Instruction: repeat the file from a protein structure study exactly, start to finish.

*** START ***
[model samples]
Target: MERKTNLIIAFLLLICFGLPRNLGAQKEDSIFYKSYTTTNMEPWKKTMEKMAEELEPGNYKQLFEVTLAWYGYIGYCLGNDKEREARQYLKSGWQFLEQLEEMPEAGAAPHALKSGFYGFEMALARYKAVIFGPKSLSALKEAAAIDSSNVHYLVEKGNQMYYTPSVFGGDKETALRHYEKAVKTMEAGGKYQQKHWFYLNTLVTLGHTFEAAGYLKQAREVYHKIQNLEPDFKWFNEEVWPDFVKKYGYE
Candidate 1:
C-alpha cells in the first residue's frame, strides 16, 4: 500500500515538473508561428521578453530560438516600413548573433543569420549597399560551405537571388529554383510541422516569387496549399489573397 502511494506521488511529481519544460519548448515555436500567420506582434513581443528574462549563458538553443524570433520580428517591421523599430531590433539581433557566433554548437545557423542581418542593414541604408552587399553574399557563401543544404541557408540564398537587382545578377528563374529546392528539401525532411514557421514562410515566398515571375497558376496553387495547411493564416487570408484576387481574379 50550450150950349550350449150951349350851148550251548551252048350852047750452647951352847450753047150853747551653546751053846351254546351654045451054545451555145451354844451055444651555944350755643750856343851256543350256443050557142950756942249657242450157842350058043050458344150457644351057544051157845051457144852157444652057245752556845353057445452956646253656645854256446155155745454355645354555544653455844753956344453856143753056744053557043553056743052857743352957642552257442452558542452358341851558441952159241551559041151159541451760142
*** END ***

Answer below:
[model samples]
Target: MERKTNLIIAFLLLICFGLPRNLGAQKEDSIFYKSYTTTNMEPWKKTMEKMAEELEPGNYKQLFEVTLAWYGYIGYCLGNDKEREARQYLKSGWQFLEQLEEMPEAGAAPHALKSGFYGFEMALARYKAVIFGPKSLSALKEAAAIDSSNVHYLVEKGNQMYYTPSVFGGDKETALRHYEKAVKTMEAGGKYQQKHWFYLNTLVTLGHTFEAAGYLKQAREVYHKIQNLEPDFKWFNEEVWPDFVKKYGYE
Candidate 1:
C-alpha cells in the first residue's frame, strides 16, 4: 500500500515538473508561428521578453530560438516600413548573433543569420549597399560551405537571388529554383510541422516569387496549399489573397 502511494506521488511529481519544460519548448515555436500567420506582434513581443528574462549563458538553443524570433520580428517591421523599430531590433539581433557566433554548437545557423542581418542593414541604408552587399553574399557563401543544404541557408540564398537587382545578377528563374529546392528539401525532411514557421514562410515566398515571375497558376496553387495547411493564416487570408484576387481574379 50550450150950349550350449150951349350851148550251548551252048350852047750452647951352847450753047150853747551653546751053846351254546351654045451054545451555145451354844451055444651555944350755643750856343851256543350256443050557142950756942249657242450157842350058043050458344150457644351057544051157845051457144852157444652057245752556845353057445452956646253656645854256446155155745454355645354555544653455844753956344453856143753056744053557043553056743052857743352957642552257442452558542452358341851558441952159241551559041151159541451760142